The first draft of my “Planets” chapter had an entirely different opening. I originally backed my way into talking about planets by listing three scientific discoveries or consenses (consensuses?) that shock me with their newness: Birds are dinosaurs, plate tectonics, the discovery of exoplanets. Wait, here, I can share it with you:
There are a handful of scientific discoveries that amaze me with their newness. They’re not even discoveries, really—nothing so sudden—more like arrivals at consensus. I remember seeing Jurassic Park in the theater when I was ten years old, and at the movie’s end—once little Jaime had returned to her seat after watching the last Velociraptor fight through the swinging doors at the back of the theater, once the humans have escaped—Dr. Alan Grant cradles a sleeping Tim (that’s the little boy, I didn’t remember his name either) against his chest and watches out the helicopter window as a flock of pelicans skims over the peaceful ocean. The same orchestral motif that scored the reveal of the brachiosaurus TK minutes earlier swells, a bit more gently, as a pelican stretches its wings for a moment and glides. I remember the thrill rising up in me—they’re saying dinosaurs are birds! Earlier in the movie, Dr. Grant had advanced that hypothesis, but in 1993 it was still a contentious stance to take. But here, with its final image, the movie was endorsing this view. Even as the few surviving humans flew to safety, there were still dinosaurs out in the world. (And then, of course, in the sequels, there would be the old kind of dinosaurs still in the world, too.)
(Sidebar: I use that TK as an example in all of my writing classes. At some point I’d need to fire up Jurassic Park and count the minutes, something I did NOT want to do in the midst of drafting because it would take me out of the flow of writing, and probably sidetrack me into watching a lot more of the movie than I needed. So I didn’t worry about it since the number didn’t matter, and sure enough the whole paragraph got cut before I ever got around to figuring it out!)
They live in a trio in my head, dinosaurs, exoplanets, plate tectonics. But I know markedly less, especially in terms of discovery, about the last. So in my most recent bout of asking the internet what science/nature audiobook I should listen to next, The Great Quake won for its promise of filling that gap.
I was dubious, though. It opens with a lot about the (Americanizing) history of Alaska. It tells the story of the Good Friday earthquake of 1964, an event I’ll admit I hadn’t known about before, not only as the catalyst for the figuring-out of plate tectonics, but as you can tell from the title as the star of the show. We learn about the growth of cities and Alaskan culture and a schoolteacher assigned to a tiny, far-flung town. Then also a bunch of geologists, and ugh do I need another book about dudes making discoveries?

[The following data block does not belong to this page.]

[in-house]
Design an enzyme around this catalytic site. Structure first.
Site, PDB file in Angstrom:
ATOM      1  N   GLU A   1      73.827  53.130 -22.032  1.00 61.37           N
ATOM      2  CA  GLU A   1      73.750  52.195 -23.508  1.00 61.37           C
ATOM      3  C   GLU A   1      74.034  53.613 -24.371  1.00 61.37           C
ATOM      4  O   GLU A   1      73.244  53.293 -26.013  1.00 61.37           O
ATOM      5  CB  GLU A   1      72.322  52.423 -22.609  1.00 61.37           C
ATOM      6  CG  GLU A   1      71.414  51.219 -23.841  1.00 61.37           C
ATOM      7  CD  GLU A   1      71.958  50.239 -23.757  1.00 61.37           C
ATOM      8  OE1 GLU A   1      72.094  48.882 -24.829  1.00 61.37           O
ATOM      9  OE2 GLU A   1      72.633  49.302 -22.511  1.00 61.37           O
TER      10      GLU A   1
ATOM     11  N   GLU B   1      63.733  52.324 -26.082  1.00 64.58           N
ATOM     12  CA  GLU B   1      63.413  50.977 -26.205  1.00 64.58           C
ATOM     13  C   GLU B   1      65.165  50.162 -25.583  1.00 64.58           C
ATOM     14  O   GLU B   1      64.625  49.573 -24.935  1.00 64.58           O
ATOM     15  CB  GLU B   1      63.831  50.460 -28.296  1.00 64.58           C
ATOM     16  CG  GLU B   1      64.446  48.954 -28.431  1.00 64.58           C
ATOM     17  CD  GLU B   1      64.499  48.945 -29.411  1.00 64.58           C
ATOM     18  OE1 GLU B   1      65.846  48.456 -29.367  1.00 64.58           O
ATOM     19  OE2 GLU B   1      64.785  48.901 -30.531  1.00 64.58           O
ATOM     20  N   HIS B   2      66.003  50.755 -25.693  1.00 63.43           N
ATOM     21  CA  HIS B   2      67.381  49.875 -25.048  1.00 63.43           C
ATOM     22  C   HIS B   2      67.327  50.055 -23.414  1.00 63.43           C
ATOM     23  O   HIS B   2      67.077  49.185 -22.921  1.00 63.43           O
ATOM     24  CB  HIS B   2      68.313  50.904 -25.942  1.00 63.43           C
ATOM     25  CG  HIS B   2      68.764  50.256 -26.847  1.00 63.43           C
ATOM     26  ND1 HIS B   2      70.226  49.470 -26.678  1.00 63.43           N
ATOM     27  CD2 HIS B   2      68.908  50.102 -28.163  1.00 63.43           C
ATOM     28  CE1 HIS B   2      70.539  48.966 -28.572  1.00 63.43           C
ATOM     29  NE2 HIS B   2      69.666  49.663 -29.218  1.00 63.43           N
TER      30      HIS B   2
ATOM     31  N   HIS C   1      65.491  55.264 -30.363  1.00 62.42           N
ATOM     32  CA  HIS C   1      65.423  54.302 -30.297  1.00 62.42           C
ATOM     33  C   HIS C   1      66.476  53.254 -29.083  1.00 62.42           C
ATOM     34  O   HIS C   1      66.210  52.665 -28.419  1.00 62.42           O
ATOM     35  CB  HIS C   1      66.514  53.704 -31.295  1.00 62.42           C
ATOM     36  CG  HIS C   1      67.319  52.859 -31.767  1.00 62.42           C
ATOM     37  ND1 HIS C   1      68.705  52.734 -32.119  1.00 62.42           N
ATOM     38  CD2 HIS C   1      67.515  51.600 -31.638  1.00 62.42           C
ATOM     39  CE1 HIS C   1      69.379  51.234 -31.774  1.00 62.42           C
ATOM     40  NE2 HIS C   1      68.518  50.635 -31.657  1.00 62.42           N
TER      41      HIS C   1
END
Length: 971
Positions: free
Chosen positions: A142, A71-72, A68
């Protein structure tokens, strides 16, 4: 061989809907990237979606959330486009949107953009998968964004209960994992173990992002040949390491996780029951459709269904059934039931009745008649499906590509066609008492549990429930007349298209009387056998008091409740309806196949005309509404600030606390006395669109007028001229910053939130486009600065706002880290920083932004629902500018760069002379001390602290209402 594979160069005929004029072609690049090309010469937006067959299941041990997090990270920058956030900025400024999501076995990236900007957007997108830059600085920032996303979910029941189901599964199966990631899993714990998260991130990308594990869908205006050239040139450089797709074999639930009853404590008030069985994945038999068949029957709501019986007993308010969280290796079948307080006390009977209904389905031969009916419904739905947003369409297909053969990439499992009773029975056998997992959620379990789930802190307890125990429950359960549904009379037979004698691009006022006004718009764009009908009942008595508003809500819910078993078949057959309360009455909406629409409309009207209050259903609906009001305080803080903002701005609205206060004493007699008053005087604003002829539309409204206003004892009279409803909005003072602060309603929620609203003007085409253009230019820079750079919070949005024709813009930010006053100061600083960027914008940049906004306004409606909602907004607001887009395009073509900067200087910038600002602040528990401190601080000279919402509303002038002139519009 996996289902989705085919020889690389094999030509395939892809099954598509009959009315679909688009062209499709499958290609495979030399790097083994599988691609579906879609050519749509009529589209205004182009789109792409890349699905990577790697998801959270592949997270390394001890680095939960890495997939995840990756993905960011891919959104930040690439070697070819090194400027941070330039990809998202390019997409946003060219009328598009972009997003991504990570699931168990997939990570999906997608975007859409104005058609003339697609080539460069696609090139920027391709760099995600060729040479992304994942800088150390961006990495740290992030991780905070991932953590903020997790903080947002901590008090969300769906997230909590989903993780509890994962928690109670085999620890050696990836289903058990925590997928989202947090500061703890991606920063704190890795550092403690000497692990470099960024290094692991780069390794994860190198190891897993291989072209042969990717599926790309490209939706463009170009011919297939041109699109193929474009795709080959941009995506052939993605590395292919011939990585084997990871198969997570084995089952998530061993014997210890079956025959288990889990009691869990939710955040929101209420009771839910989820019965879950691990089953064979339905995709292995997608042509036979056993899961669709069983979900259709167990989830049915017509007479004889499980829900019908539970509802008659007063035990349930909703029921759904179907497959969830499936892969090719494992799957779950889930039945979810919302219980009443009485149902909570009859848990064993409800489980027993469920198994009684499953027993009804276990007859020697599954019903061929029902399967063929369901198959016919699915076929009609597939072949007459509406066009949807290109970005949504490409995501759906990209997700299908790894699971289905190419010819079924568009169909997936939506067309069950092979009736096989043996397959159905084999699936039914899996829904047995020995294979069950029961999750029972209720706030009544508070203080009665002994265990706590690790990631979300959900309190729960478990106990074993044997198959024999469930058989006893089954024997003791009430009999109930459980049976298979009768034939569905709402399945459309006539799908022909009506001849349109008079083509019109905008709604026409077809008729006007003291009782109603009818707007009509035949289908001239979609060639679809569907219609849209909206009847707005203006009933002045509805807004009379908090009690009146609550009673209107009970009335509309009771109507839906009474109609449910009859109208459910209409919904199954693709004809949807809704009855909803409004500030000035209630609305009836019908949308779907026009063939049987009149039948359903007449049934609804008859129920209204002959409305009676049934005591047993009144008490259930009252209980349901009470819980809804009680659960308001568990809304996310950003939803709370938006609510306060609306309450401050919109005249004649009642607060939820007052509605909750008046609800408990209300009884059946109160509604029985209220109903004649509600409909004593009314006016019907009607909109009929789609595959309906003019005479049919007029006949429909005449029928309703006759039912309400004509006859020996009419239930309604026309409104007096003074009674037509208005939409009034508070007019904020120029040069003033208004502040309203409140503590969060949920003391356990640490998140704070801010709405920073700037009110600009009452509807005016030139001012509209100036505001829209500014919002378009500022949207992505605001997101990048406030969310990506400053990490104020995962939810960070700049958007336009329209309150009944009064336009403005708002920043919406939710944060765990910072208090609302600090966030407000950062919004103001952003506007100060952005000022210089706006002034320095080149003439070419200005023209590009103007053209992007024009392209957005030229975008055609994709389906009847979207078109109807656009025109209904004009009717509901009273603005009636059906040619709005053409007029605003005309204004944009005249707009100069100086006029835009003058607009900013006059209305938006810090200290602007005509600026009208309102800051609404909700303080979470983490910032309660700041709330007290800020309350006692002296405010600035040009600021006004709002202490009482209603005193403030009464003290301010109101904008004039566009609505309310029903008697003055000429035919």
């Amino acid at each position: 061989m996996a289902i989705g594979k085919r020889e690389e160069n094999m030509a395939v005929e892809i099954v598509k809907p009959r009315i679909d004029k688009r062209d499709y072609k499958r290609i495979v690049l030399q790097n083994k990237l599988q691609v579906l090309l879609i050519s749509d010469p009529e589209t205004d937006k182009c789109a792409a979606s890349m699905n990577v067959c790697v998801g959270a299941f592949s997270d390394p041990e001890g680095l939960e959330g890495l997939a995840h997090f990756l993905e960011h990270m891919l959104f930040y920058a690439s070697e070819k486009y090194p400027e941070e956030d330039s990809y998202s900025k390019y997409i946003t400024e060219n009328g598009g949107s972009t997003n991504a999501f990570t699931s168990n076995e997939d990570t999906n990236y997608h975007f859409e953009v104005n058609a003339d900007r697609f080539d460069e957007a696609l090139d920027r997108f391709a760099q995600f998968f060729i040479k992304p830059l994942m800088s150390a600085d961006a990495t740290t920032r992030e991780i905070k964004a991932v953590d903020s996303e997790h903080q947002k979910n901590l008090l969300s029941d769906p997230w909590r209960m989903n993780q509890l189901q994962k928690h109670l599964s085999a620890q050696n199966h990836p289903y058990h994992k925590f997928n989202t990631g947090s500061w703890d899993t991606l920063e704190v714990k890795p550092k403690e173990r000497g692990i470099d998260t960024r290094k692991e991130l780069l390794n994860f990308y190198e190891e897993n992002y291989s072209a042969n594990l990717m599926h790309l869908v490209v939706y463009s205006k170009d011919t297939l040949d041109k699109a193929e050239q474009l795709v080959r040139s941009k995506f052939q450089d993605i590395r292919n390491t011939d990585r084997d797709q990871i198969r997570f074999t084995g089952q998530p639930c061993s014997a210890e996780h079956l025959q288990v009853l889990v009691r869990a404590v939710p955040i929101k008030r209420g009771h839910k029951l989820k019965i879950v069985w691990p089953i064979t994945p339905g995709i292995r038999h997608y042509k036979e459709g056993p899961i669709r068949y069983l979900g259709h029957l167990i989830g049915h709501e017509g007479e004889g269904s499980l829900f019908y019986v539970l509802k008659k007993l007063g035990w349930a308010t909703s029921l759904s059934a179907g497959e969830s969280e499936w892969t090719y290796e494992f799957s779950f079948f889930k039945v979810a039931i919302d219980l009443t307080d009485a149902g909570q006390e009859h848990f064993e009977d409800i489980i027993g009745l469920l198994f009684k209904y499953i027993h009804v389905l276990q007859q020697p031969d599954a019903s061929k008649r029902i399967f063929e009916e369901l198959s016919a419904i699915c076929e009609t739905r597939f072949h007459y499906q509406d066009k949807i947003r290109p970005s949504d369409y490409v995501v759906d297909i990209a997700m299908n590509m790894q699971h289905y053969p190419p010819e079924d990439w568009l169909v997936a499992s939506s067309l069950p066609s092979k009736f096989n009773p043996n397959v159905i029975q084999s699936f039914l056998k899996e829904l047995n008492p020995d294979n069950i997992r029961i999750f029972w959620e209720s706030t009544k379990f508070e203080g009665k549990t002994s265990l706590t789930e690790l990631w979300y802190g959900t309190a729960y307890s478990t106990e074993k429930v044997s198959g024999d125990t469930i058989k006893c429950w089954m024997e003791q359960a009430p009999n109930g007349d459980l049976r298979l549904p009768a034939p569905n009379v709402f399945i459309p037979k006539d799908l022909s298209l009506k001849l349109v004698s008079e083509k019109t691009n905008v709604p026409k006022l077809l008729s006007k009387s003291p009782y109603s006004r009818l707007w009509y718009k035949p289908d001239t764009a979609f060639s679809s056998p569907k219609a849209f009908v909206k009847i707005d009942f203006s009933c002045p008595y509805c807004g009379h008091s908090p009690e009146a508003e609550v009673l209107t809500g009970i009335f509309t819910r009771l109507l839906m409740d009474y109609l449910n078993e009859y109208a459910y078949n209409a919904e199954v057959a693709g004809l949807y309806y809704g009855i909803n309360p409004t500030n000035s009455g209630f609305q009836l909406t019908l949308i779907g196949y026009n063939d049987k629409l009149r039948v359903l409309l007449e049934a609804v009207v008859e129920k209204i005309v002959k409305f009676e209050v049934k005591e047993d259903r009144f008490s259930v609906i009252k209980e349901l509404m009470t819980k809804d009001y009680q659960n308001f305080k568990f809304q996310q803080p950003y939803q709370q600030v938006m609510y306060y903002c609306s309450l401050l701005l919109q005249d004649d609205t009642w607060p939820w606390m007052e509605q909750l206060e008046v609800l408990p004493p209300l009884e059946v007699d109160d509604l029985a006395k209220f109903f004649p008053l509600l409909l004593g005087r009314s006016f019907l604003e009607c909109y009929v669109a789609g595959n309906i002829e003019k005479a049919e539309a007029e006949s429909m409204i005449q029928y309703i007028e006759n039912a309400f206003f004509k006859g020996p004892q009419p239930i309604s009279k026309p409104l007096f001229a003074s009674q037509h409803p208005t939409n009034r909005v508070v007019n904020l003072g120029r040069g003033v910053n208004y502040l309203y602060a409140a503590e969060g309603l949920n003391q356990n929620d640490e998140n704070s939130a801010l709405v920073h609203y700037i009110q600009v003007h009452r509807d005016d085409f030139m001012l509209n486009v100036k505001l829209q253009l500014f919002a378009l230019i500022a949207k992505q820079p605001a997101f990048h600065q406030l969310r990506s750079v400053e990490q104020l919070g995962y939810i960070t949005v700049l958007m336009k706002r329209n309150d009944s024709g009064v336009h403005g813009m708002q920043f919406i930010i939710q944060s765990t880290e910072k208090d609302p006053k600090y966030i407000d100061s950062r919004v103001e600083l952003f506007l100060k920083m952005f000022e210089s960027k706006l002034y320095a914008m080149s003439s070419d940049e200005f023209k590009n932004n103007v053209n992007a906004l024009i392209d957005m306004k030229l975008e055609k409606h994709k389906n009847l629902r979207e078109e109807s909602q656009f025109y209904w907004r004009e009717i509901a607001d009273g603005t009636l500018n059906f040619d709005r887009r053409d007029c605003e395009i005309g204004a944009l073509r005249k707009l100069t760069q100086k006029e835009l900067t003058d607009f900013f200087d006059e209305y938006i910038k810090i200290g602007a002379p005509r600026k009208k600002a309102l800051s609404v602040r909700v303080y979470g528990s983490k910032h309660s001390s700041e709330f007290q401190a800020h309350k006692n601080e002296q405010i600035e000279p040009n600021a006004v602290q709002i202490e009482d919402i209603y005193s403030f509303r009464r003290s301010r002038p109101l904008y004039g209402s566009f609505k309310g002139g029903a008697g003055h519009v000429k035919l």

This book is fucking brilliant. I don’t know how to talk about it other than to gush. It’s fascinating and humane—the chapter that describes the quake itself, right in the middle of the book, is a tremendous payoff of everything that came before it, each character introduced and each town map described coming together in something that would be symphonic if it weren’t so sensitive and intimate. Each life lost or transformed was deeply honored, yet the scale of the event was never lost. I sobbed while listening (the audiobook is amazing), not only during the quake chapter but in a moment of geology research scene-setting in the epilogue, too. I laughed plenty of times, also—the book can be miraculously light in moments, without detracting from its gravity. And yes the science is extremely cool. And yes, I cared about the men who did it. It’s not a Great Men of Science story, after all. Just a human story, in so many ways, including humans trying to understand the impenetrable Earth.
I never got around to writing about my previous five-star science/nature audiobook, but if you’re more into mushrooms than geology, I absolutely adored Merlin Sheldrake’s Entangled Life, so give that a look or listen.
(Those are both affiliate links, so if you purchase that way I’ll make a few cents.)
Now it’s time to remind you (or tell you for the first time?) that Weds 5/24 (tomorrow as I’m sending this) at 6:30pm you can tune in for my Science Friday Book Club event:
Remember in how my last newsletter I wrote about the deadening feeling of turning into a soundbite machine? I’ve been really happy to do a few interviews lately that are not like that. If you’d like to listen:
(I loved recording this so I wan’t begrudge them this still… okay wait yes I will. That’s the best my face did?? You can avoid my face doing all that by listening to Off-Nominal as a podcast.)
If live events are more your speed, all I can say is: New Yorkers, hold the evening of June 12, more soon.
This book sounds great...and so does yours! I'm excited to read it--going to order a copy RIGHT NOW.